Did you know you need to do CPR in chess? That means if you hear that your King is in Check there are three things you should do.

  • C – Capture Can you capture any piece? If you can, then do that and the King is safe, if not then…
  • – Protect Move a piece in to protect the King, if you can, then the King is safe, if not then…
  • – Run The King needs to flee to safety!

Chess is all about protecting the King.

 

But if you want to do some extra chess playing go to www.chesstempo.com that is a site that will teach you exciting strategies.

If you really want to get into more chess then checkout  www.knightsandbytes.com.au   Alan has a host of chess information and activities available for you to peruse.

Next term we are having a chess tournament to find the top players in year three. Will it be you?  Start practicing.

What have you learnt about Chess?

What would you still like to know?

Do you think playing chess is a useful activity? Why, Why not?

February 25

Learning how to say, read and write Big numbers

Reading numbers like this  830 150 753 is a challenge, so where do we start?

Well knowing place value helps. That is looking at the value of a digit and knowing what it is worth by the position in the number.

We have been having a lot of fun learning how to better understand place value. We have learnt the first four places – Thousand Hundred Ten One then we played a game using playing cards. In pairs each player would flip a card and place it in one of those positions. The aim was to make the highest number. The winner was the one who could win five times.

I love it when they explain their mathematical strategies while they are playing, it helps us with our thinking. I reckon sharing how you do work is very helpful to others and ourselves.

This was a great warm up place value activity, then it came to writing these big numbers. First thing we did was to make our own set of arrow cards. These were colour coded for each place value. It took a while to cut everything, but it was worth it.

Go team one

Love the concentration team five

Way to go team three great modelling for others

Once that job was done we could make lots of four digit numbers. So randomly choosing one of each colour, we made 4 digit numbers.

But that’s not all.. No, we learnt that there were three ways you could record a number.  Check this out..

Anita has built the number 7762 with the cards she randomly chose, she can write it 3 ways

  1. Standard Form 7762
  2. Expanded Form 7000 + 700 + 60 + 2
  3. Written Form seven thousand seven hundred and sixty two

Look at them go..

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Using the arrow cards made a lot of sense to us. We could clearly see where the numerals needed to go to make the standard form and when it came to expanding the number, it was easy to read. Once we could read it, it was easy to write what we said… but we had to check our spelling for accuracy.

We’re not experts yet, but we have a made a great start to becoming one.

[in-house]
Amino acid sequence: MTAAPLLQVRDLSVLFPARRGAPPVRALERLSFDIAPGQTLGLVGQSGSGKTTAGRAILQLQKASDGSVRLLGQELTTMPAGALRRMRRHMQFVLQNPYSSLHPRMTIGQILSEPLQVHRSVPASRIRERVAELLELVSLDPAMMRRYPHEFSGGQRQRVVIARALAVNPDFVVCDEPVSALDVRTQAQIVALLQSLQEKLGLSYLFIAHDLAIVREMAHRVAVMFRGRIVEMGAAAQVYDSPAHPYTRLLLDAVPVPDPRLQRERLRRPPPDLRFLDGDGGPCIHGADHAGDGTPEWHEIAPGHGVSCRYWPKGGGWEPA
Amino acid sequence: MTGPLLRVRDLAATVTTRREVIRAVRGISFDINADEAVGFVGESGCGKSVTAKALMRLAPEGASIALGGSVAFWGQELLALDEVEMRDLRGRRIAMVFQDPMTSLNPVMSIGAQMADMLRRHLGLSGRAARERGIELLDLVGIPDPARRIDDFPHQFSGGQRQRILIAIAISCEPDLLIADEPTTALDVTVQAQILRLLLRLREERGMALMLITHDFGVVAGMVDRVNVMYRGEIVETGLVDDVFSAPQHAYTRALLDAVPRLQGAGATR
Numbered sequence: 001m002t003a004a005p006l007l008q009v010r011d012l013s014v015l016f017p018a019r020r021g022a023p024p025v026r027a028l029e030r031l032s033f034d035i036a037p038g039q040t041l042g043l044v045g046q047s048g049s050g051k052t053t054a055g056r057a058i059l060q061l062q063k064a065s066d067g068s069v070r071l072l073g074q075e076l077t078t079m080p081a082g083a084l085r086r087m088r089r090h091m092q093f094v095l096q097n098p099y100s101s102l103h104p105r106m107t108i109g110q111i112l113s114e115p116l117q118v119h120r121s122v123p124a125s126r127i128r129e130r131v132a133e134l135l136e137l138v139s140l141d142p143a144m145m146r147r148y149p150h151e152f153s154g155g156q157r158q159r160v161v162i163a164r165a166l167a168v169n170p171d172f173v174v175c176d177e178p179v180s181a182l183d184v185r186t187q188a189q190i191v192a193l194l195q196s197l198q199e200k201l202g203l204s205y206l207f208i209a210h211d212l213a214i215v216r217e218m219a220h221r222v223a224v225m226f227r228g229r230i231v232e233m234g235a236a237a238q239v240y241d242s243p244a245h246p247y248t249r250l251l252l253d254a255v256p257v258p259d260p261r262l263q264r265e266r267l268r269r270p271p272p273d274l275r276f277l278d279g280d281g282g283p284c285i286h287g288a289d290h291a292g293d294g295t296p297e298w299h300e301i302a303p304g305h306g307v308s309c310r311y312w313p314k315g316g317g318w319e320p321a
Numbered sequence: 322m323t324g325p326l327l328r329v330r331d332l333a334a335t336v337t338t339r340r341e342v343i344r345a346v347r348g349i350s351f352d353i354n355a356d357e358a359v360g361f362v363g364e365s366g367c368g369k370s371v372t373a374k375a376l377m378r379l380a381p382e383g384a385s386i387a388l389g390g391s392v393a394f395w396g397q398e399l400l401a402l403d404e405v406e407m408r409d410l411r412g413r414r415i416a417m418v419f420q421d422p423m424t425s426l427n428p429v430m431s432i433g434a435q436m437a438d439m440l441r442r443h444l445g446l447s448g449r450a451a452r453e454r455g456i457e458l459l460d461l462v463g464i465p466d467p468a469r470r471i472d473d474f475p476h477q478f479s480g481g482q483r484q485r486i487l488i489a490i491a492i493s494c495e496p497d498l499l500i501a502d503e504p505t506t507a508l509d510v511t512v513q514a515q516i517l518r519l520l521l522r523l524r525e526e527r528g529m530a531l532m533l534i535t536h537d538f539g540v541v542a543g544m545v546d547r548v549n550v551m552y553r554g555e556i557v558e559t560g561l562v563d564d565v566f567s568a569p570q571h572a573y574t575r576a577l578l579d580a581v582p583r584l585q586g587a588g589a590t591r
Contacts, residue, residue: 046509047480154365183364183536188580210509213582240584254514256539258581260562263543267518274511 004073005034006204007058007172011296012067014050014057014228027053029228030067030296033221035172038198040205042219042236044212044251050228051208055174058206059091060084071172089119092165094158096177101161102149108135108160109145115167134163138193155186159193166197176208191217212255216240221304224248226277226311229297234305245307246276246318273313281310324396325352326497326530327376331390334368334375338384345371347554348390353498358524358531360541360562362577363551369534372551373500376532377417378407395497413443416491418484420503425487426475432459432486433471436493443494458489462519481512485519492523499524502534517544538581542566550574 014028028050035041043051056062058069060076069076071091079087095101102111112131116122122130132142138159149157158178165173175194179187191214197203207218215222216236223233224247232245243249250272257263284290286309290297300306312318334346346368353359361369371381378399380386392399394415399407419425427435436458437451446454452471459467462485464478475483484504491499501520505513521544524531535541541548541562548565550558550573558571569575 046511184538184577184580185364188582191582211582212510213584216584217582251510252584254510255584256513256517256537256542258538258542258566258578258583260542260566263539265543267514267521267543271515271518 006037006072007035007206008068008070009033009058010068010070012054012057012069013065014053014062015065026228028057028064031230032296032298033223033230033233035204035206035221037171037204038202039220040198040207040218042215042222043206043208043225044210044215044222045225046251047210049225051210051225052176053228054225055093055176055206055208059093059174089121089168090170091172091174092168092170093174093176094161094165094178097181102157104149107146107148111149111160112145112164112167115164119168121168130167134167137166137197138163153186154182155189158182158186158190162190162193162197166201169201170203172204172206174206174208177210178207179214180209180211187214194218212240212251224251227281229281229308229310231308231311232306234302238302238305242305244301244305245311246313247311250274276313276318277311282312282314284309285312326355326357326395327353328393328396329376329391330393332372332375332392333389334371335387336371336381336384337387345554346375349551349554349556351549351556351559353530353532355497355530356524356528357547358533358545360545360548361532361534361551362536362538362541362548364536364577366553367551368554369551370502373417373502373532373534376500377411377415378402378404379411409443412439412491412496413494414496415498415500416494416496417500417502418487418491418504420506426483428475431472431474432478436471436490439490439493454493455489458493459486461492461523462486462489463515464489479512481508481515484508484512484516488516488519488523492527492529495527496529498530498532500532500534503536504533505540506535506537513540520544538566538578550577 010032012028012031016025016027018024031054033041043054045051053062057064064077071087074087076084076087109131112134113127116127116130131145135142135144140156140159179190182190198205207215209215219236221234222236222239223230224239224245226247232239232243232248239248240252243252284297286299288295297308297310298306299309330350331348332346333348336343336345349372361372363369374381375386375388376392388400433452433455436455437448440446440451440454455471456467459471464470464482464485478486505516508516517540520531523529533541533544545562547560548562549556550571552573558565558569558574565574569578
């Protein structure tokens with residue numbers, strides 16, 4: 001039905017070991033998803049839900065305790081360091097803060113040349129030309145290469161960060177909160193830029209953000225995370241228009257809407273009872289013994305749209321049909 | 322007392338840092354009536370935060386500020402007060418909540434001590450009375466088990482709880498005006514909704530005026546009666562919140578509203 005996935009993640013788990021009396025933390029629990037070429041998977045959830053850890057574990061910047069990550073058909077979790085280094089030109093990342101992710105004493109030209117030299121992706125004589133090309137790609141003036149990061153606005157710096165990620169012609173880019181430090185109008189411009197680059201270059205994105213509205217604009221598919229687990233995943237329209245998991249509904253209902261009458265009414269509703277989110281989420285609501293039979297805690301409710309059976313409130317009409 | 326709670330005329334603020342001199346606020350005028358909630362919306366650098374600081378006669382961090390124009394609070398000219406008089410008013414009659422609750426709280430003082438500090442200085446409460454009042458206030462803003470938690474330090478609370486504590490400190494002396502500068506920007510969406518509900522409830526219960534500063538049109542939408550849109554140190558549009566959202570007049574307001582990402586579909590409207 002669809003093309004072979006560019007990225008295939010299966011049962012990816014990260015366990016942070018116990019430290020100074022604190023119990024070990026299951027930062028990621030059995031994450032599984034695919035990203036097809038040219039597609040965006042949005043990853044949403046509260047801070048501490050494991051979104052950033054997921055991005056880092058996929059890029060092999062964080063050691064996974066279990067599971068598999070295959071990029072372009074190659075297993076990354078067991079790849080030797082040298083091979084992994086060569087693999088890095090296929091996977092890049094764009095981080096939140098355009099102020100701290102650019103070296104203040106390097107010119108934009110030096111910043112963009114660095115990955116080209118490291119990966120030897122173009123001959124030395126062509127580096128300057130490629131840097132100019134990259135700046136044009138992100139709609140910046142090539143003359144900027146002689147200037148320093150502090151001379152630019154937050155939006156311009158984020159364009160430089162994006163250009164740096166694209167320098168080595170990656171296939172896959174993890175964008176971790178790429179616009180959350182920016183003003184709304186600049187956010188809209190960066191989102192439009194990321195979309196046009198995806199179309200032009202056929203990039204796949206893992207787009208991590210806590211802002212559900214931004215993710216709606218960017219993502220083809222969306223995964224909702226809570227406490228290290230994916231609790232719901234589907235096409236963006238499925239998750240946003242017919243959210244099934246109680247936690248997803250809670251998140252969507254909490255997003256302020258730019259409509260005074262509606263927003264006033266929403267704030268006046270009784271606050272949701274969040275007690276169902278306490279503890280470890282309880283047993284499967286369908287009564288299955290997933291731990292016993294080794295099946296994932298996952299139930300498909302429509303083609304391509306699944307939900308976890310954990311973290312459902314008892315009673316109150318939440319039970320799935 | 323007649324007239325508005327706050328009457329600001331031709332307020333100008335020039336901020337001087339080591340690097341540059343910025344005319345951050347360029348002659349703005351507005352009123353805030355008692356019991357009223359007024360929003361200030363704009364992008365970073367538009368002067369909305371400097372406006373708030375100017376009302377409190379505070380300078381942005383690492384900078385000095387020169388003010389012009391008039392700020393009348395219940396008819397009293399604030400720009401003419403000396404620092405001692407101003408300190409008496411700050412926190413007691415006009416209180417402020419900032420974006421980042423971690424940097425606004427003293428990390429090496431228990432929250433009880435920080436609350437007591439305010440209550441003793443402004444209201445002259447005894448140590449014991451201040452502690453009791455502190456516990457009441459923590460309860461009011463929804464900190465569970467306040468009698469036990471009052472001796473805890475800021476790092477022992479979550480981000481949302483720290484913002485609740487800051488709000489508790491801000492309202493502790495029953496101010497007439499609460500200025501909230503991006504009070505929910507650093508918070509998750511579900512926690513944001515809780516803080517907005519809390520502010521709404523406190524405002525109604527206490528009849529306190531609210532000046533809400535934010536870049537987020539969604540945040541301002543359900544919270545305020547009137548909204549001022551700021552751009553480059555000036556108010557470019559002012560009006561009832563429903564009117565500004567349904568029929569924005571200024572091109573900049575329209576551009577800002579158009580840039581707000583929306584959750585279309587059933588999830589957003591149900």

Something to think about.

What did you think of the place value card game?

What could you do to try to win the game?

Is it better to go first or second?

How do you feel about place value after using the arrow cards?

What confuses you with big numbers?

What do you still need to learn?

February 7

2017 A New Year Begins

 

Greetings to all our new families for this, the beginning of the school year. Welcome to our blog too, we hope you find it useful to keep in touch with what is happening in our class and to provide people with supportive and thoughtful feedback.

 

There’ll be lots of routines and procedures to learn.  It’s early days we’ll get there.

How exciting to be starting in the primary, year three is going to be so much fun indeed. I will catch up with parents and caregivers at acquaintance night next week to clarify  a lot of things. Hope to see you there.

Collaboration

Our class has a mantra

“We work together, we think together, we act together. We collaborate”

This term we will be practicing collaboration and what this may look like, sound like, feel like and think like.

Today we stared by working in pairs on a maths task.

The task was  – To collect 3 digit numbers, sort them and publish our thinking.

Now while we were using our mathematical logic smarts, we were also practicing our skills in working together. Check us out.

For our first go, I reckon we have a positive start and I particularly liked the way they all respectfully shared their information.

I was also impressed by the variety of ways to sort information. Take a look at their posters.

Some things to think about, let us know your comments.

How do you feel about year three?

What are you looking forward to?

What might have you worried?

How do yo feel about working in teams?

 

 

February 5

It’s a wrap …… or …. the class that didn’t get away!

Well 2016 has come to an end and it was time to say good bye to my fabulous learners as they prepare to move to year four.

Now what do you do with things you like? Put them in a jar and keep them for later! Well at least that’s what the BFG did when he found dreams he caught.

As we were making snow domes for Christmas presents, something magical happened and the children suddenly found themselves trapped.  argh…..

Poor things, should I let them go?

 

Oops can’t, they trapped me too.

What fun that was.

But all good things come to an end and sadly, I say farewell to my dear class of 2016.

I’m sure their teddies will support them as they bravely venture into year four.

What a fun and busy year it has been.

Farewell

All the best in 2017